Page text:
Winstein, a Canadian by birth, spent most of his professional career at UCLA, where he did research at the forefront of physical organic chemistry. He is best known for probing deeply the mechanisms of organic reactions, among them, allylic rearrangements, replacements and eliminations, using kinetics, stereochemistry, isotopic labelling and other physical methods. He developed concepts such as neighboring group participation, classical and non-classical carbocations, homoallylic and homoaromatic stabilization, tight and solvent-separated ion pairs, anchimeric assistance, and Y-values as a measure of solvent ionizing power. Winstein maintained a prodigious output of work of rigorous quality and perceptiveness, with an emphasis on logic and a search for answers to fundamental questions. He received many honors including, posthumously, the National Medal of Science.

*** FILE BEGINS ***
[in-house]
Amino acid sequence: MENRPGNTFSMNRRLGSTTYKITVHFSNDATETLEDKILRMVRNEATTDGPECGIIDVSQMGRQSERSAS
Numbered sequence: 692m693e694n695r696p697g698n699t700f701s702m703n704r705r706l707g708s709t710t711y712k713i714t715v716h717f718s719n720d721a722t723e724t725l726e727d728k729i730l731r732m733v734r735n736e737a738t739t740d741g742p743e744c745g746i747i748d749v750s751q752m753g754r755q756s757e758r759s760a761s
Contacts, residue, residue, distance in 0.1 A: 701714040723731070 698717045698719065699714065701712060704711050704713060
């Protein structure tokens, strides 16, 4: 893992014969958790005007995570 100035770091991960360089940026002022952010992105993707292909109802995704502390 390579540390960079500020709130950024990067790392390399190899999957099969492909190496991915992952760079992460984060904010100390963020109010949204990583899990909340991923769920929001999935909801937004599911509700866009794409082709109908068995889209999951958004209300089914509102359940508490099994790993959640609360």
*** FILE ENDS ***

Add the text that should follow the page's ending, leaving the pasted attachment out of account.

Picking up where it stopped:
Sponsor: Chung-yin Lai
Location in chemistry building: Fifth Floor; East Wing South Wall; Sequence 1
Source: John D. Roberts